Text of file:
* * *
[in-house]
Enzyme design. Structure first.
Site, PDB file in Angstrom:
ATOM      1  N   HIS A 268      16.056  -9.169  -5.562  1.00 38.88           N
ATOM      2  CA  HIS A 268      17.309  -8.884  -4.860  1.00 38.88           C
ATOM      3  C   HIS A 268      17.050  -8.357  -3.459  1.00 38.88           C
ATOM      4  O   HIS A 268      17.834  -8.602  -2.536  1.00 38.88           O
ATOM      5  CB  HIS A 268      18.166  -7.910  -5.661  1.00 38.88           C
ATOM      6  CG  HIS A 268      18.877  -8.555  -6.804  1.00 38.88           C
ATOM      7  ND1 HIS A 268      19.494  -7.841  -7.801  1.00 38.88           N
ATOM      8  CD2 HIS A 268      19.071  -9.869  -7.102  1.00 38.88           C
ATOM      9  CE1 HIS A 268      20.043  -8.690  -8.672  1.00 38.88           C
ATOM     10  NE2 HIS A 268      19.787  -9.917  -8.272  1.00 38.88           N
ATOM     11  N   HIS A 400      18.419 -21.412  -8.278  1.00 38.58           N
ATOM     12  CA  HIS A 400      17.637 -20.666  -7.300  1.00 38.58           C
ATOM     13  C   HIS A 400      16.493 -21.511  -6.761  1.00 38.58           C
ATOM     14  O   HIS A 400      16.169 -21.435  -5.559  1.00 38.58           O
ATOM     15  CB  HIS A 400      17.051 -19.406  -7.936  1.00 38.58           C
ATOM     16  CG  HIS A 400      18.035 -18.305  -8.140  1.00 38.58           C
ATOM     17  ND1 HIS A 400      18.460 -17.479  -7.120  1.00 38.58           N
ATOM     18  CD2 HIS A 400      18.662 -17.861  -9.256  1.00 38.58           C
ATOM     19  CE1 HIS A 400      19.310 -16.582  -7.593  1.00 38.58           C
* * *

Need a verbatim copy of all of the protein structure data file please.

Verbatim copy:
[in-house]
Enzyme design. Structure first.
Site, PDB file in Angstrom:
ATOM      1  N   HIS A 268      16.056  -9.169  -5.562  1.00 38.88           N
ATOM      2  CA  HIS A 268      17.309  -8.884  -4.860  1.00 38.88           C
ATOM      3  C   HIS A 268      17.050  -8.357  -3.459  1.00 38.88           C
ATOM      4  O   HIS A 268      17.834  -8.602  -2.536  1.00 38.88           O
ATOM      5  CB  HIS A 268      18.166  -7.910  -5.661  1.00 38.88           C
ATOM      6  CG  HIS A 268      18.877  -8.555  -6.804  1.00 38.88           C
ATOM      7  ND1 HIS A 268      19.494  -7.841  -7.801  1.00 38.88           N
ATOM      8  CD2 HIS A 268      19.071  -9.869  -7.102  1.00 38.88           C
ATOM      9  CE1 HIS A 268      20.043  -8.690  -8.672  1.00 38.88           C
ATOM     10  NE2 HIS A 268      19.787  -9.917  -8.272  1.00 38.88           N
ATOM     11  N   HIS A 400      18.419 -21.412  -8.278  1.00 38.58           N
ATOM     12  CA  HIS A 400      17.637 -20.666  -7.300  1.00 38.58           C
ATOM     13  C   HIS A 400      16.493 -21.511  -6.761  1.00 38.58           C
ATOM     14  O   HIS A 400      16.169 -21.435  -5.559  1.00 38.58           O
ATOM     15  CB  HIS A 400      17.051 -19.406  -7.936  1.00 38.58           C
ATOM     16  CG  HIS A 400      18.035 -18.305  -8.140  1.00 38.58           C
ATOM     17  ND1 HIS A 400      18.460 -17.479  -7.120  1.00 38.58           N
ATOM     18  CD2 HIS A 400      18.662 -17.861  -9.256  1.00 38.58           C
ATOM     19  CE1 HIS A 400      19.310 -16.582  -7.593  1.00 38.58           C